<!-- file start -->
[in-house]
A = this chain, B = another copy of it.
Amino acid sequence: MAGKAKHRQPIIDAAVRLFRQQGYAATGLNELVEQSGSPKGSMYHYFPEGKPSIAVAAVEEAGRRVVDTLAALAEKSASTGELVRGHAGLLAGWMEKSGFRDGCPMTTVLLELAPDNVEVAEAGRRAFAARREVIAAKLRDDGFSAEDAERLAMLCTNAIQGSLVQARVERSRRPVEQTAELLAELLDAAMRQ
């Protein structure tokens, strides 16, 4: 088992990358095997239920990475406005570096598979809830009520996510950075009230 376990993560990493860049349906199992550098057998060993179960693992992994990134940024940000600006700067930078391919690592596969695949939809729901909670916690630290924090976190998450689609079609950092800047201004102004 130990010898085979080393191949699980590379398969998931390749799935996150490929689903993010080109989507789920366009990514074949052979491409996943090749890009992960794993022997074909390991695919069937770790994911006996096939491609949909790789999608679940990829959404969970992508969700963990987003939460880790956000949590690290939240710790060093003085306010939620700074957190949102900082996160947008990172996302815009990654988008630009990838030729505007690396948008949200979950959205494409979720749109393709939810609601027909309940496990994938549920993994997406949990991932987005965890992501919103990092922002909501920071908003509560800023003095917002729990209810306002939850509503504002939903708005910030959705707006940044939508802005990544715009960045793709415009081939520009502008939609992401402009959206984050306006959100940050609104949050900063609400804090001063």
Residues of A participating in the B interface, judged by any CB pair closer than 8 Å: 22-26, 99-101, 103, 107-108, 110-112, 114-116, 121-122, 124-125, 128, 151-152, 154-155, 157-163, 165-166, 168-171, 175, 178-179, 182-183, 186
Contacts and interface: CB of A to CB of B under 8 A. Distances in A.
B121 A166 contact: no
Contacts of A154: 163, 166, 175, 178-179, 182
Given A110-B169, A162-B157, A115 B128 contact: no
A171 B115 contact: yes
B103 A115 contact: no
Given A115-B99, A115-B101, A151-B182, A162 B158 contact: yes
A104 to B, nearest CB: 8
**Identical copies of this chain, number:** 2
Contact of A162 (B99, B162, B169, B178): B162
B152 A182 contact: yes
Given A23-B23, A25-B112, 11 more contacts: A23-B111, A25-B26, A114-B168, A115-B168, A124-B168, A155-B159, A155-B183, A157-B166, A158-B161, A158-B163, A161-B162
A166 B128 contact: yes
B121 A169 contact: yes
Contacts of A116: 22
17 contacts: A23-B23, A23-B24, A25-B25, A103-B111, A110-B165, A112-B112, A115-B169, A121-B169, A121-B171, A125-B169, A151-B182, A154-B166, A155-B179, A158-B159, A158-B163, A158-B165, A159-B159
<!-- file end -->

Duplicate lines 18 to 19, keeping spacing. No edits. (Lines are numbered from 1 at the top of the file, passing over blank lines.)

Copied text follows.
A166 B128 contact: yes
B121 A169 contact: yes